Arabic (العربية) [Pronunced as: /al ʕarabijja/, /ʕarabiː/] is a name applied to the descendants of the Classical Arabic language of the 6th century AD. This includes both the literary language and varieties of Arabic spoken in a wide arc of territory stretching across the Middle East and North Africa
Arabic languages are Central Semitic languages, most closely related to Hebrew, Aramaic, Ugaritic and Phoenician. The standardized written Arabic is distinct from and more conservative than all of the spoken varieties, and the two exist in a state known as diglossia, used side-by-side for different societal functions.
The modern written language (Modern Standard Arabic) is derived from the language of the Quran (known as Classical Arabic or Quranic Arabic). It is widely taught in schools, universities, and used to varying degrees in workplaces, government and the media. The two formal varieties are grouped together as Literary Arabic, which is the official language of 26 states and the liturgical language of Islam. Modern Standard Arabic largely follows the grammatical standards of Quranic Arabic and uses much of the same vocabulary. However, it has discarded some grammatical constructions and vocabulary that no longer have any counterpoint in the spoken varieties, and adopted certain new constructions and vocabulary from the spoken varieties. Much of the new vocabulary is used to denote concepts that have arisen in the post-Quranic era, especially in modern times.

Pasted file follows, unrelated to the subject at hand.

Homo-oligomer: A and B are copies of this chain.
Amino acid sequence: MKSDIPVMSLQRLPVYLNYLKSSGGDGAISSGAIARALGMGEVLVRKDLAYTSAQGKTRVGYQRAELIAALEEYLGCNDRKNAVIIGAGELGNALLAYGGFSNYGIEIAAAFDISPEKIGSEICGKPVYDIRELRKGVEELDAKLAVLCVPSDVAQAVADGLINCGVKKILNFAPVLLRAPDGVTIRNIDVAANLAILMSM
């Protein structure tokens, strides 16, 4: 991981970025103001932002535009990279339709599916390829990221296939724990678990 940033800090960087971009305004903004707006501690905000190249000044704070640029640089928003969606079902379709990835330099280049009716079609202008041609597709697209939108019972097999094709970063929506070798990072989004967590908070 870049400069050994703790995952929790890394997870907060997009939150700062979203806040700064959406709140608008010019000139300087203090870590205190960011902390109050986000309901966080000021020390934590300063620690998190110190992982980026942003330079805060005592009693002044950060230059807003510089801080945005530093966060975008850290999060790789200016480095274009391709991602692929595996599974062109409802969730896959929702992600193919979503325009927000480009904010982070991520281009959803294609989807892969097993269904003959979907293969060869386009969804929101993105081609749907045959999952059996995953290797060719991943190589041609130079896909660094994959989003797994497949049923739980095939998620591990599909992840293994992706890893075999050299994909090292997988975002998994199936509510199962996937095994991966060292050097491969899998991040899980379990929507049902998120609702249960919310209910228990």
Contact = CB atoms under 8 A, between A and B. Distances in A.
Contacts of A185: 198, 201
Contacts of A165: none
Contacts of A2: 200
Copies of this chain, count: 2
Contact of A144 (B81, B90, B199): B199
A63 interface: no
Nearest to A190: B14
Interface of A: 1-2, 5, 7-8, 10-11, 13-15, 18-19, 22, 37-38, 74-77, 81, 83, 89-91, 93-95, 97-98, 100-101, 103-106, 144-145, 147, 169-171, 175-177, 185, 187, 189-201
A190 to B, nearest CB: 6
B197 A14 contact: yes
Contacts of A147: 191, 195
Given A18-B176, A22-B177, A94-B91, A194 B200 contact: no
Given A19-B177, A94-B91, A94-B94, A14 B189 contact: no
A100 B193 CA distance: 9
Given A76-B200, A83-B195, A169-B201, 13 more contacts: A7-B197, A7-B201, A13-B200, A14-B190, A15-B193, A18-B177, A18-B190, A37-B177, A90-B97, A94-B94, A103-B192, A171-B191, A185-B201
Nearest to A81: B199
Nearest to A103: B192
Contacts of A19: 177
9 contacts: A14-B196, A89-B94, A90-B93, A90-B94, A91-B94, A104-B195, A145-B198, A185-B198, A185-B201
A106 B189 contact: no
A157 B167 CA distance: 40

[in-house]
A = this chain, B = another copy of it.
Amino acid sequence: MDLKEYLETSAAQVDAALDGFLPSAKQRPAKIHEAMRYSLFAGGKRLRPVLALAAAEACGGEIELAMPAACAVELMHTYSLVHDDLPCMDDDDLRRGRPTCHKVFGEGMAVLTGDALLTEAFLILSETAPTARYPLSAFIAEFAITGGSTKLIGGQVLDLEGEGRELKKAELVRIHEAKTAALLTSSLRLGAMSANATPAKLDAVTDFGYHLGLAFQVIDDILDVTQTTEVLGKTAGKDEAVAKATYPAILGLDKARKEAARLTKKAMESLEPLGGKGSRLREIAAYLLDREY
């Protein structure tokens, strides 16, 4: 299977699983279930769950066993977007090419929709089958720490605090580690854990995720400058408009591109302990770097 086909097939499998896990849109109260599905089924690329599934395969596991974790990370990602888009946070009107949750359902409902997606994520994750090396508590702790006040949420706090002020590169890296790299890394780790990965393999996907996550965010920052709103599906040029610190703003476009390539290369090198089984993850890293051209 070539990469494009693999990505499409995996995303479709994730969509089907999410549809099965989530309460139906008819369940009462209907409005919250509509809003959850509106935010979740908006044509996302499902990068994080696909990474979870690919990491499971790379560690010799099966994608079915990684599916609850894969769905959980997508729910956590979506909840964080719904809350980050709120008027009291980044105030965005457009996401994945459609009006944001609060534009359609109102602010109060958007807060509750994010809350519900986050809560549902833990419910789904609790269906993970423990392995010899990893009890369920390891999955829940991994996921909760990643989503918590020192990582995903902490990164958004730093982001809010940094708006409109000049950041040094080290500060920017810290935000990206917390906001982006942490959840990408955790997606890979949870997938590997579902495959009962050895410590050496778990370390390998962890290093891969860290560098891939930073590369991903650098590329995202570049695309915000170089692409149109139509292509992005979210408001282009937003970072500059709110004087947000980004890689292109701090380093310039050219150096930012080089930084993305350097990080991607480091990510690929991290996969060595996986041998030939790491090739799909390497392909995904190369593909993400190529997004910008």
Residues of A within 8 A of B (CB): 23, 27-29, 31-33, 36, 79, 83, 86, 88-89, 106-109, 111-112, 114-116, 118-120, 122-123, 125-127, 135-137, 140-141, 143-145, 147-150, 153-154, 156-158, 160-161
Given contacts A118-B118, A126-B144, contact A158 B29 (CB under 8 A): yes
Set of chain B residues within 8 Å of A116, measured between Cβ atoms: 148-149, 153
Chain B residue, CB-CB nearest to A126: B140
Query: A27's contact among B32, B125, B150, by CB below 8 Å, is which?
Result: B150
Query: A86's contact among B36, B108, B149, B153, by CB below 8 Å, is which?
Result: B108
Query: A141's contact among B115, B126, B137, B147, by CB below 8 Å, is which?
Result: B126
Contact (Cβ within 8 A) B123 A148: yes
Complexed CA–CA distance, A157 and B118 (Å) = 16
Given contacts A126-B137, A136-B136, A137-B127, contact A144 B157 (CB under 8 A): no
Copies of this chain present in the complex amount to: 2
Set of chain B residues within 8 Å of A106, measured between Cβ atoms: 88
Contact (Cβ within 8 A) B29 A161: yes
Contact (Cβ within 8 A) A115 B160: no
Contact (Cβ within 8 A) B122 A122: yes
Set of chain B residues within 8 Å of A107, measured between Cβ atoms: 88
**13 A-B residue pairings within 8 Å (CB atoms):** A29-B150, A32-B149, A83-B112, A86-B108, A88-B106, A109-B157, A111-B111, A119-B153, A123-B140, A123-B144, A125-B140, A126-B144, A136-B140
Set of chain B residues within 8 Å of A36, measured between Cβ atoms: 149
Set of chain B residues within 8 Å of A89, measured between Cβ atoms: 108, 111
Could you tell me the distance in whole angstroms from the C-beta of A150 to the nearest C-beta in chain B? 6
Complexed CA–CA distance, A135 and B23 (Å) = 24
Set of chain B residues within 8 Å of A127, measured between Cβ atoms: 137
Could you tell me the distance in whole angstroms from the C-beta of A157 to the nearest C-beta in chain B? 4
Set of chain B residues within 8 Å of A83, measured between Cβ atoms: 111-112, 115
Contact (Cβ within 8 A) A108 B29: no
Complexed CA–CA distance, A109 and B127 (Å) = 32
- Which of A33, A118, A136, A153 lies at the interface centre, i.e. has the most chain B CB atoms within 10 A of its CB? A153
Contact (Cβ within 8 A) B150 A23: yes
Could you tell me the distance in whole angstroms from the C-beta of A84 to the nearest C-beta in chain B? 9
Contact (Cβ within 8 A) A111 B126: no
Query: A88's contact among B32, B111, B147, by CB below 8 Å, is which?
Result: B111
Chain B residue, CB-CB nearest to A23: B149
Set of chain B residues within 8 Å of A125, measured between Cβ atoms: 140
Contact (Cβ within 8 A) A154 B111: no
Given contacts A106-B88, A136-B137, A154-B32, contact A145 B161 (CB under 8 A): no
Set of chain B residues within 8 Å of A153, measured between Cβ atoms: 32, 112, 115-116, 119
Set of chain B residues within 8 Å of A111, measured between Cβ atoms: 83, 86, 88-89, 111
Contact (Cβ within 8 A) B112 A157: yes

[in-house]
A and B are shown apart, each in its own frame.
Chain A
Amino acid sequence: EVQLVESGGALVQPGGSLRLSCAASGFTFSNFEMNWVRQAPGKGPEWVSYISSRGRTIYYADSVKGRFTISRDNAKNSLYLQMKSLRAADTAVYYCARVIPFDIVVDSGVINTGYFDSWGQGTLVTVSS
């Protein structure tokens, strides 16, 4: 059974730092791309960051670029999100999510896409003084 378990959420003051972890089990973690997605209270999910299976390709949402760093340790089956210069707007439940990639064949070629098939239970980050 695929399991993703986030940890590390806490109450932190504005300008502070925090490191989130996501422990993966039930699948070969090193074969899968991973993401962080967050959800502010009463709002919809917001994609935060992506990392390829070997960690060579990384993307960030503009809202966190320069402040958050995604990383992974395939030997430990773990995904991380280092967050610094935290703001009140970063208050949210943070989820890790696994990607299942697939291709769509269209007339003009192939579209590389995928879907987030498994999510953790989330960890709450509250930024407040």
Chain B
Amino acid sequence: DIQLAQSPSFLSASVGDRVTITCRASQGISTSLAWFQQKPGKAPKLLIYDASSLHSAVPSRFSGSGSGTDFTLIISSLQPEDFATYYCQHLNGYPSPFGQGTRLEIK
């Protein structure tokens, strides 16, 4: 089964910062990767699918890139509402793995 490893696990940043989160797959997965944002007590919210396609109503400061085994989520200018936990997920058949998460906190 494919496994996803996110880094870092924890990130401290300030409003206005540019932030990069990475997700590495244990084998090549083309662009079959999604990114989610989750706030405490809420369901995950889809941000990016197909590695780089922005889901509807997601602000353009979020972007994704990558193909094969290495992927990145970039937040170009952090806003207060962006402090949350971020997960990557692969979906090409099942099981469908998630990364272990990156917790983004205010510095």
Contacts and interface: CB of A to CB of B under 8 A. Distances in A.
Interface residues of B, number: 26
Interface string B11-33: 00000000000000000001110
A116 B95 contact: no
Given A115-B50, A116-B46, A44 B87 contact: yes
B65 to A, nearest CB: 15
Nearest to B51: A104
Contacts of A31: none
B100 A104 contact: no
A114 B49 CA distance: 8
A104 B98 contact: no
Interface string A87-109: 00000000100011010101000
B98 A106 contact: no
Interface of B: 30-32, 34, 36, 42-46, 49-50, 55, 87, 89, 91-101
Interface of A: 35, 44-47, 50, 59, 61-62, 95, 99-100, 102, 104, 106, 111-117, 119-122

Arabic has lent many words to other languages of the Islamic world, like Persian, Turkish, Somali, Bosnian, Kazakh, Bengali, Urdu, Hindi, Malay and Hausa. During the Middle Ages, Literary Arabic was a major vehicle of culture in Europe, especially in science, mathematics and philosophy. As a result, many European languages have also borrowed many words from it. Arabic influence, both in vocabulary and grammar, is seen in Romance languages, particularly Spanish, Portuguese, Catalan and Sicilian, owing to both the proximity of European and Arab civilizations and 800 years of Muslim (Moorish) rule in some parts of the Iberian Peninsula referred to as Al-Andalus.